Thursday, March 4, 2010

thoughts on YA: of xylophones and violins

Lately INTERN has been reading a lot of quirky/funny YA manuscripts and noticed a phenomenon which she has been struggling to articulate to herself: a pattern of brand-new gags, information, and characters being teleported in at the last minute to solve the problems of the story. It was more than just deus ex machina—but what was it?

Then last night INTERN went to a potluck that turned into an informal jam session and saw the same phenomenon at work. The host of the party dumped a huge box of instruments on the floor and everybody grabbed whatever looked interesting. Everybody started playing.

And something interesting happened.

The less experienced and confident musicians quickly abandoned whatever instrument they'd grabbed first and started scrabbling around for another one. They kept on switching instruments frequently as they grew bored or frustrated with whatever they had in their hands.

The more experienced musicians tended to stick to whichever instrument had first caught their fancy, whether it was a zither or a set of bongo drums. They had the skills to exploit whatever instrument they had in their hands to its fullest potential. They weren't always rummaging through the box for a new one in the hopes that this is the one that would finally make music.

The inexperienced musicians kept trying out new instruments to solve their musical problems. The experienced musicians, like veteran cryptic crossword puzzle solvers, knew the answer was in the question.

So many YA manuscripts start out fun, crazy, and wonderful, then enter this weird spiral where the author doesn't know how to resolve all the zany hi-jinks and starts freaking out: "OKOKOKOK....moon people! That'll be hilarious! Aaaaaaand....I'll say that all this time, the antagonist was secretly a hummingbird! That'll solve everything!" Instead of using elements that already belong to the world of the story, they start looking for an extrinsic solution, which, even if it kinda works, is never as emotionally or intellectually satisfying as a solution that comes from deep within the story.

It's more satisfying, somehow, to see a magician pull a rabbit out of the hat he's been wearing all along than to see the magician call a herd of purple goats from the enchanted flute that just dropped out of the hatch that just now appeared in the ceiling.


  1. And rabbits are sooooo much easier to clean up after too!

  2. I think that qualifies as a sort of deus ex machina, although maybe not in the traditional sense.

    I totally agree that you shouldn't contract out work your story can do in-house, though. I think that's part of what makes a lot of inexperienced writers' work lack focus. And it can also result in padding the story.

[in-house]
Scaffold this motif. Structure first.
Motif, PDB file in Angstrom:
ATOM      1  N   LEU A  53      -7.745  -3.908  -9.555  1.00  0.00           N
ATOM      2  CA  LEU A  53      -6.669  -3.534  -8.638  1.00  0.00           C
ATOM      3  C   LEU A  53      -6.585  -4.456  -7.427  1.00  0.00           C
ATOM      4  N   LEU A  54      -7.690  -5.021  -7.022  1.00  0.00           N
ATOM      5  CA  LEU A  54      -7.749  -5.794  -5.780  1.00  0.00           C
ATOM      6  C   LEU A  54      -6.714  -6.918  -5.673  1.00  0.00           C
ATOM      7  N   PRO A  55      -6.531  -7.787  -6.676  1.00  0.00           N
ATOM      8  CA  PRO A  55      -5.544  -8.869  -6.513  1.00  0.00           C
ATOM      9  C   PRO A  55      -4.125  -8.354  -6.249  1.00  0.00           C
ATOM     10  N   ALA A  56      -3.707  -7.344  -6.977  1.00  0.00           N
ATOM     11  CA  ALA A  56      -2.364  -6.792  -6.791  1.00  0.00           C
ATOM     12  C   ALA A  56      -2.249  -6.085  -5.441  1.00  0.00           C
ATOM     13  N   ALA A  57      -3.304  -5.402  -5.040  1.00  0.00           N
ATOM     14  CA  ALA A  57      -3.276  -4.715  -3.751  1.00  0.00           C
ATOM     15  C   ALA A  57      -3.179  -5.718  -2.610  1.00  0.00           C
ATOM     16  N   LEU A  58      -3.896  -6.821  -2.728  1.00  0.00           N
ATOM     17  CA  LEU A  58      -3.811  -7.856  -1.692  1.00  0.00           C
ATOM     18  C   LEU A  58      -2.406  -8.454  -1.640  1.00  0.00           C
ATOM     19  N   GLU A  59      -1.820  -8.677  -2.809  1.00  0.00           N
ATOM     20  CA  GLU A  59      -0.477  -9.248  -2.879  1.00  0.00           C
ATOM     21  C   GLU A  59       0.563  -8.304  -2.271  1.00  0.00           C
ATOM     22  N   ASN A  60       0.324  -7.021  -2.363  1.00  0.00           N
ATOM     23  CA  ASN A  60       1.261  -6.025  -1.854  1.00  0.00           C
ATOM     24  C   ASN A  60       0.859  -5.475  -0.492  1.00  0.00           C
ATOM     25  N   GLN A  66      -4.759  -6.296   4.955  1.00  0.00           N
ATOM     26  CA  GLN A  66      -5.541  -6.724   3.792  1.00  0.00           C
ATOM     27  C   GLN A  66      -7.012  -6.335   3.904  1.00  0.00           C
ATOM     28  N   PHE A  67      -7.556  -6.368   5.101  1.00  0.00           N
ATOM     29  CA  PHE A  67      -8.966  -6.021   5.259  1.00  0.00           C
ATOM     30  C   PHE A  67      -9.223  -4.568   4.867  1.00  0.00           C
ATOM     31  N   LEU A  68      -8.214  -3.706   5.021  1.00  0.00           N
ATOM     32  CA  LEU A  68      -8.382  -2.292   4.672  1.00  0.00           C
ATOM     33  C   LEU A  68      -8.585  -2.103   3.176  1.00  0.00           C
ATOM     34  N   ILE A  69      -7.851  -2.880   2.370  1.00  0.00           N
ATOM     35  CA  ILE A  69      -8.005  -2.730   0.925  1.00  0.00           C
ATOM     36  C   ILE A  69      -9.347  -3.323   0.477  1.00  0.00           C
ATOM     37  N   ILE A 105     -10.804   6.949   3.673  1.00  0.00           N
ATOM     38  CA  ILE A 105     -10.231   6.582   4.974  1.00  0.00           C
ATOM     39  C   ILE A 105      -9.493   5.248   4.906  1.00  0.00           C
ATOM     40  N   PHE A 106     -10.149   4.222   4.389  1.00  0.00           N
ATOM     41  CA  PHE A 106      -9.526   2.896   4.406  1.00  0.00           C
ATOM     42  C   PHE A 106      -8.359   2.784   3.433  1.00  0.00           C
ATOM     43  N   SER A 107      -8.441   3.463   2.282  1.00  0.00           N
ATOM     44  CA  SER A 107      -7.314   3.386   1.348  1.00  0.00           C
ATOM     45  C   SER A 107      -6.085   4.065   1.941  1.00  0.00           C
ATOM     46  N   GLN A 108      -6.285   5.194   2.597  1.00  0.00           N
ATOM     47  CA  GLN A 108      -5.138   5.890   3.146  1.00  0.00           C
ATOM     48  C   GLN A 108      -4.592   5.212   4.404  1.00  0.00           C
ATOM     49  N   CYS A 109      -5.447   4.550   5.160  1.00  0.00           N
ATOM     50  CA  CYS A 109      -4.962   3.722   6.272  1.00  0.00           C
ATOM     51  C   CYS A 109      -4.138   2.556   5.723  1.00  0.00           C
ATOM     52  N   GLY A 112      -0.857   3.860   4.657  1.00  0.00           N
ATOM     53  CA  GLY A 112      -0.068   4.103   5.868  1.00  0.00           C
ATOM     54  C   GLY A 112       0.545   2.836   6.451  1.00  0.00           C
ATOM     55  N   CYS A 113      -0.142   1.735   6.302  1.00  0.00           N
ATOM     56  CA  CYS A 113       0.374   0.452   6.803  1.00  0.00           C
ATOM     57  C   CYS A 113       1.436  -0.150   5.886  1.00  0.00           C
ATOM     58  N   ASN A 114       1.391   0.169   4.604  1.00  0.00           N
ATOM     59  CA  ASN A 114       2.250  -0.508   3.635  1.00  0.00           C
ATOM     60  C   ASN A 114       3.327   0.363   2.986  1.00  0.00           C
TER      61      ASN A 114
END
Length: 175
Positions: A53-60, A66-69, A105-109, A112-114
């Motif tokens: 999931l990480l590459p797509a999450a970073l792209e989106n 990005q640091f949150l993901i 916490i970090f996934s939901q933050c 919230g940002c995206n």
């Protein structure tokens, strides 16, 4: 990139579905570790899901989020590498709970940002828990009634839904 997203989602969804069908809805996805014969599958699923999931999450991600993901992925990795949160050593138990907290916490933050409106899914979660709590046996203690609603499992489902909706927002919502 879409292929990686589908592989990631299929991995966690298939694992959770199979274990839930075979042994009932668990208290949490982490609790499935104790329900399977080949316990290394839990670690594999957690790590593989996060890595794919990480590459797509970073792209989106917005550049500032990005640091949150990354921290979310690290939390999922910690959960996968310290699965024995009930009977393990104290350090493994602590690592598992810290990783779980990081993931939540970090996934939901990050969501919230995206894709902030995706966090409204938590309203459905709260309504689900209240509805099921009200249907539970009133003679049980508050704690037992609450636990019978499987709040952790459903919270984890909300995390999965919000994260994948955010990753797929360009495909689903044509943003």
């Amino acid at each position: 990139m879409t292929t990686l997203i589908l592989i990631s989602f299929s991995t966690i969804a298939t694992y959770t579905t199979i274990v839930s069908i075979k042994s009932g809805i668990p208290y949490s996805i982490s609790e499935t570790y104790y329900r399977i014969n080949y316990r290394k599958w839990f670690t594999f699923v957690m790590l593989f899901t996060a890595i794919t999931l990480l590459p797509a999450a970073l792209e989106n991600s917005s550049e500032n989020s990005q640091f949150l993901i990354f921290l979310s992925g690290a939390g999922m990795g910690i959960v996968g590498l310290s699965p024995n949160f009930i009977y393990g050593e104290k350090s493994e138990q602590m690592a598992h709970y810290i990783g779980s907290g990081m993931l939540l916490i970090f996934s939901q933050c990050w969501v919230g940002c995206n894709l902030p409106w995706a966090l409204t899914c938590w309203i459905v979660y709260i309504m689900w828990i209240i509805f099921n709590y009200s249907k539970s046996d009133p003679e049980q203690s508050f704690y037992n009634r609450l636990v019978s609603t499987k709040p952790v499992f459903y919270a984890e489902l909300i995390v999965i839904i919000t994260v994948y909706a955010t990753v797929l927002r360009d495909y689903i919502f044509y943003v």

Another thing that might be at work here is the plot twist. A lot of new (and old) writers think that plot twists make a better story, and they do. But you have to have some hints, some foreshadowing, I you don’t want the twist to come out of left field and smack the reader upside the head.

  3. I think you have the analogy world conquered.

    There is ONE situation where I will make an exception to the "they'll never make it out alive. But, oh, LOOK!" at the critical moment. Luck. Not a new invention, being, discovered power, previously undisclosed prophecy, but sheer, dumb luck. It's okay for characters to have good luck sometimes.

    Otherwise, don't invent it for the scene.

  4. Is this the forum for trying to say that sometimes deus ex machina makes sense? That it can, if done well, be worked into the plot. And the important thing, of course, is that it mustn't come simply out of no where. For instance, an interesting one would be where the friends/allies that the protagonist befriended/allied with before the climax show up to get the protag out of trouble, if the theme of the novel is that, in the words of the Beatles, "I'll get by with a little help from my friends."

    The ancient Greeks, after all, didn't use deus ex machina because they sucked at playwrighting. They used deus ex machina because they wanted to emphasize human reliance on the gods. There was point... but it has to be for a reason, and a better one than laziness.

  5. Oh Queen of the Analogy, when I grow up I want to be just like you!

    I agree. I've been seeing this alot, and since I'm not in the industry, books are obviously getting published with it. Not just YA, either.

    Worse yet are the ones that advertise themselves as one thing and turn out to be another. The summary is something like "hardened criminal Hogan finds himself constantly impeded by clumsy housewife, Melanie." But in the actual book, Hogan dies halfway through and the story suddenly becomes about Melanie's falling in love with the cop that was managing the case. WHAT???